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On the enregisterment of the Lancashire dialect in Late Modern English: Spelling in focus

Javier Ruano-García

Abstract

This paper places literary recreations of Lancashire English into the context of enregisterment and the sociolinguistics of spelling. Using the Salamanca Corpus, I examine Lancashire dialect writings published between 1700 and 1900 representative of both dialect literature and literary dialect to determine the repertoire of forms that were circulated in representations of the dialect. More specifically, my aim is to identify the respellings employed to highlight the pronunciation features that may have been noticeable at the time and associated with a Lancashire identity. I argue that the socially meaningful choices made by Lancashire writers can be seen as authenticating practices whereby the dialect was constructed and circulated, having authenticity effects concerning how it was experienced by the audience. The analysis treats respellings as sociolinguistic variables that are quantified to measure the relative salience of the phonological features they represent. It focuses on three of the commonly occurring traits found in the corpus, namely the MOUTH, GOAT, and PRICE diphthongs, showing that such an approach may give insight into their degree of salience, whilst providing a window into how the Lancashire dialect was perceived during this time.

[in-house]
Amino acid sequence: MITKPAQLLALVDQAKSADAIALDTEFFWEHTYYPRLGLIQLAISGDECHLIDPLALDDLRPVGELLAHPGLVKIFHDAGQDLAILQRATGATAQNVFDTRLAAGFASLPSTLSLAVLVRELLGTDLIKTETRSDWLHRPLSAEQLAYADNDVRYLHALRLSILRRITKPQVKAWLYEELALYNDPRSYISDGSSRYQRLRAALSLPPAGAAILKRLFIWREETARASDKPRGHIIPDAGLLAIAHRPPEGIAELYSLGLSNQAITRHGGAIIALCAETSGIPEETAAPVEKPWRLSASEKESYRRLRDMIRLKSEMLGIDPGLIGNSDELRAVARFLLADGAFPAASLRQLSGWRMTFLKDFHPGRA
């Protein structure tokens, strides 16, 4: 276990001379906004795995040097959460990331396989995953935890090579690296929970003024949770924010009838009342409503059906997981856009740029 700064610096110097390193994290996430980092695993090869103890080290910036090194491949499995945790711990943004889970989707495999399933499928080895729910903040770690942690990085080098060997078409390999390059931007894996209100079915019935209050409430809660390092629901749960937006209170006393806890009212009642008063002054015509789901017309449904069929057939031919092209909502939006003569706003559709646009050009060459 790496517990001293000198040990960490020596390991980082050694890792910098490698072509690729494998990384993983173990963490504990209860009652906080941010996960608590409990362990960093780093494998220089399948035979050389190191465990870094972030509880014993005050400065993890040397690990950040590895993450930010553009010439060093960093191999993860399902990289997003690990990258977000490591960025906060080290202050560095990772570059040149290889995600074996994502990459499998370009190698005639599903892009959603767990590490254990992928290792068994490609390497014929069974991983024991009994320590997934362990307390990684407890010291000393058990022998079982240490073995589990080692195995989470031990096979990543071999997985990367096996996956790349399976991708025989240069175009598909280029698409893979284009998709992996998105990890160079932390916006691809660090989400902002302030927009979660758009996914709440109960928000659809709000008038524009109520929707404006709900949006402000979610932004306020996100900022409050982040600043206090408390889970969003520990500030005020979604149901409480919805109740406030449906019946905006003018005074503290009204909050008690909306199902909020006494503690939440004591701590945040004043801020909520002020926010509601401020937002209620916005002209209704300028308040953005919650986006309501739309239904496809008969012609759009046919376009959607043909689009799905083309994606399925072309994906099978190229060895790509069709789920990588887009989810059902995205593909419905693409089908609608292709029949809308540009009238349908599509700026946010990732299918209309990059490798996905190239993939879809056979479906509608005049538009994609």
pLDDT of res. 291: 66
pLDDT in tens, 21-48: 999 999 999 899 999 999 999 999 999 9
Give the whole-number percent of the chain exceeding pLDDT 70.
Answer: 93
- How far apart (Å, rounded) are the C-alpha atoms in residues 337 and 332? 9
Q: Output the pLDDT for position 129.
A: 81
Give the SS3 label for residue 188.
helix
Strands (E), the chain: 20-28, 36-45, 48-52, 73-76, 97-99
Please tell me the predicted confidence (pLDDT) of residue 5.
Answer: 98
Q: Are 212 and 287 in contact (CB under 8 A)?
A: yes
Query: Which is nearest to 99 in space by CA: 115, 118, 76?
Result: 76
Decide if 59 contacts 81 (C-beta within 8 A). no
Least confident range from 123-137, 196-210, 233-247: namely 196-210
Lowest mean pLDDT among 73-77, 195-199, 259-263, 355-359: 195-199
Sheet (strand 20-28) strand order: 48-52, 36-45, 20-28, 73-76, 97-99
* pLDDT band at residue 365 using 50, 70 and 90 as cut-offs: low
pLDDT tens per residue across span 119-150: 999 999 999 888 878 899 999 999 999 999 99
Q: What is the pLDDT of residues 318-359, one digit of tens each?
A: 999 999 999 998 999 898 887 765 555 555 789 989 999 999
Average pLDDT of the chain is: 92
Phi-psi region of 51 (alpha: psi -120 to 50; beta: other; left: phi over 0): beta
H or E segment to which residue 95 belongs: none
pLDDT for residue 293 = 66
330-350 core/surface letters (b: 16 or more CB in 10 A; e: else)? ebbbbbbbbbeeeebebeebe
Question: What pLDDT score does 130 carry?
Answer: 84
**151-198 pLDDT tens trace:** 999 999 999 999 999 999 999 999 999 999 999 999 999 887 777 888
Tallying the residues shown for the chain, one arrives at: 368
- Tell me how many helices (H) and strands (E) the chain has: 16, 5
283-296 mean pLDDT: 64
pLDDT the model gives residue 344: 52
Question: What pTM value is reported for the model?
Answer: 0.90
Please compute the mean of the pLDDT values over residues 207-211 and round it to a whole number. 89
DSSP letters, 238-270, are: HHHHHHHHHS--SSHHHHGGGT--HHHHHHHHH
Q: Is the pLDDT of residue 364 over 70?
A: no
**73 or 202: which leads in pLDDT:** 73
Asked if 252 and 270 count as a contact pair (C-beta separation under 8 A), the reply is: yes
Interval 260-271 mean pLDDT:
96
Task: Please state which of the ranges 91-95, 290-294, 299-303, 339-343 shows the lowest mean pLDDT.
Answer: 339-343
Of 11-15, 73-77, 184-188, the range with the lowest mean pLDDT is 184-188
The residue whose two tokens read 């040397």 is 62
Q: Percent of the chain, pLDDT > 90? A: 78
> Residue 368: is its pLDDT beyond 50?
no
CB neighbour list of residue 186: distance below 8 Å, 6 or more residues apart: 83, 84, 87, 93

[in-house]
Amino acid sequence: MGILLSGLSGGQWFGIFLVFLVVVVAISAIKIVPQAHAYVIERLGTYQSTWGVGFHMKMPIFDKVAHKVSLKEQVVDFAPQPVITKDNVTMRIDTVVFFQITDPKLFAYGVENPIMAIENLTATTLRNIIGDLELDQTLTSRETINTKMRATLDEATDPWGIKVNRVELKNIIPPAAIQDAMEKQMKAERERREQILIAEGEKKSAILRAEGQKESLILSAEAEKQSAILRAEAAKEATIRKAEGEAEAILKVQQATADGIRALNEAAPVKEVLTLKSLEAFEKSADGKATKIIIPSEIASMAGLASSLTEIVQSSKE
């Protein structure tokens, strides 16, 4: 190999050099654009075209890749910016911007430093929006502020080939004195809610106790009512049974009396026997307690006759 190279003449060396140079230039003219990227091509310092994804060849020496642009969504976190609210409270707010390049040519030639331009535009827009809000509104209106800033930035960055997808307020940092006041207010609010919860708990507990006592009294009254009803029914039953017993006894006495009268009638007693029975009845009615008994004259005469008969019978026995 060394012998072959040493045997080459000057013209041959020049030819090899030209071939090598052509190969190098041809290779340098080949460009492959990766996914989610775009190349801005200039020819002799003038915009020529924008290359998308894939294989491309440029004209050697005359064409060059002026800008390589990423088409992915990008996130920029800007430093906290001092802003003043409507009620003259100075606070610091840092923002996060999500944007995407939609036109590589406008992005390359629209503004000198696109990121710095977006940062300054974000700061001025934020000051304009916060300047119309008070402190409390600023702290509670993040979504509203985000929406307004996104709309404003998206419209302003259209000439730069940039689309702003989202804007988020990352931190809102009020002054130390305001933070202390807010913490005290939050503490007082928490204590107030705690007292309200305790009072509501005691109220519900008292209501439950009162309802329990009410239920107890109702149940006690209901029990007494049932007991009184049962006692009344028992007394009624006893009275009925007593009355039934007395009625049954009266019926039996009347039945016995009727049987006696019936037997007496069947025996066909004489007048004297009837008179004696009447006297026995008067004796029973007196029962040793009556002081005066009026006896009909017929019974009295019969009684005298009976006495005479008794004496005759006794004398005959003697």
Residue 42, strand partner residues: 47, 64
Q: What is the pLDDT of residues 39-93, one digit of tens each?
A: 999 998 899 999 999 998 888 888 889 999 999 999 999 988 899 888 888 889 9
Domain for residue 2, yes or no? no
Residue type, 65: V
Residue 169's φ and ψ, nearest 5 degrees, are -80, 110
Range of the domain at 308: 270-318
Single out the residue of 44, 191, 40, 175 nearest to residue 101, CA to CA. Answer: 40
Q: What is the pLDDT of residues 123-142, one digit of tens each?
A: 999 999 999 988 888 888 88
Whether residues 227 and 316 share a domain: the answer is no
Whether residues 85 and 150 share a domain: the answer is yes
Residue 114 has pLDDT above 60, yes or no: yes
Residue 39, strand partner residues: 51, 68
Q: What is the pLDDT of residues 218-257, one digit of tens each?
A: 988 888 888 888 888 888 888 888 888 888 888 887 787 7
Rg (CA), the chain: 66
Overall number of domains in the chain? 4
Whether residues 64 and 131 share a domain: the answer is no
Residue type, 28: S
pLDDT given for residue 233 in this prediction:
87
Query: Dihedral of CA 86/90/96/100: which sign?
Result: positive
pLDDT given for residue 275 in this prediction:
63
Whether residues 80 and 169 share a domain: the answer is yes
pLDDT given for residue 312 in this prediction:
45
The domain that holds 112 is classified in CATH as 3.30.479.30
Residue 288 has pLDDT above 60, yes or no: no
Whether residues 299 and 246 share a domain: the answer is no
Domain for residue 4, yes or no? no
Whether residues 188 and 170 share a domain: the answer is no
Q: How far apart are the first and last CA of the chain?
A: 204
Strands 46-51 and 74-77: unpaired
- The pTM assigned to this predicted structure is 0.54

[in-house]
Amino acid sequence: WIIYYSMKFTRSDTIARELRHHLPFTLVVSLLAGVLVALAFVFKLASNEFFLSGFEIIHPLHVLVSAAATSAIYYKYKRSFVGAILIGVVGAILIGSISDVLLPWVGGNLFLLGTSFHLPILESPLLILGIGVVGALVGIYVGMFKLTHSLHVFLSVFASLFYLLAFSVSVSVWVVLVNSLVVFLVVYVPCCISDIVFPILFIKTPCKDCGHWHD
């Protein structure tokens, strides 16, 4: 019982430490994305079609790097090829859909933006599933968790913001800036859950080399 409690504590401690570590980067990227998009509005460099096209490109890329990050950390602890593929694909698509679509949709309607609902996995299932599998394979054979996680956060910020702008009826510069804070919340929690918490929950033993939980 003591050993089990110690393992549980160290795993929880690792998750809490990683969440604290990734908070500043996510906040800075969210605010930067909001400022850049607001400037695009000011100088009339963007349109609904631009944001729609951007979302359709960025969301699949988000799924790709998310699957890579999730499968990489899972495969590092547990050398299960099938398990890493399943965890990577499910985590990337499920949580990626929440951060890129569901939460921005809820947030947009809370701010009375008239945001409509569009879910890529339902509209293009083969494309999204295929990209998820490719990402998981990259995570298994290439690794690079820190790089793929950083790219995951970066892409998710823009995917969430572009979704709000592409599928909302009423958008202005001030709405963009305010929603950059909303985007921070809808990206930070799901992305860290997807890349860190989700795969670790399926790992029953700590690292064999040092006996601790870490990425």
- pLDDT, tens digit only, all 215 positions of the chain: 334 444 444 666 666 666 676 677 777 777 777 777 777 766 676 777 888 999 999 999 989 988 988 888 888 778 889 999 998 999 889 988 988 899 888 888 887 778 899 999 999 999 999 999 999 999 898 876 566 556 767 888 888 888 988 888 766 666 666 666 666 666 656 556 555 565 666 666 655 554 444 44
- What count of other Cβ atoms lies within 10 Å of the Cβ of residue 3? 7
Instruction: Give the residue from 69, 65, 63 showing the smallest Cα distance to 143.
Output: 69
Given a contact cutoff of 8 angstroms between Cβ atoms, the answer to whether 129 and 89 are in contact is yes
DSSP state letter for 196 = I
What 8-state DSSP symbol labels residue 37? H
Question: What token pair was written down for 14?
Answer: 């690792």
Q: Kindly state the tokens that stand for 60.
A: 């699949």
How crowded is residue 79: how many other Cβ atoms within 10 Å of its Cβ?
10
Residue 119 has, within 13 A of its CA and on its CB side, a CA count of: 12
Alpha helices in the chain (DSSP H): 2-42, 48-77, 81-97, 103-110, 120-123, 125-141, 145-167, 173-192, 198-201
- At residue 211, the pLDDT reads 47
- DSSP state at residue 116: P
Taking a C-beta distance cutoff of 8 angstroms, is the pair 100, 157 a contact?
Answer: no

Acknowledgements

I wish to thank the editors and two anonymous readers for comments and suggestions on an earlier draft of this paper. Any errors that remain are my own responsibility.

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Appendix

Corpus

DL

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Walker, Robert. 1798. Plebeian politics. Manchester: Printed by W. Cowdroy. [14,128 words].

LD

Ainsworth, William H. 1849. The Lancashire witches: A romance of Pendle Forest. London: Henry Colburn. [5,173 words].

Blundell, Mary E. 1900. A Daughter of the Soil. London and New York: Harper and Brothers, Publishers. [4,774 words].

Clarke, Henry. 1788. Cant V. The school candidates: A prosaic burlesque occasioned by the late election of a schoolmaster at the village of Boudinnoir, 41–45. Utopia (i. e. Manchester). [483 words].

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Published Online: 2020-04-21

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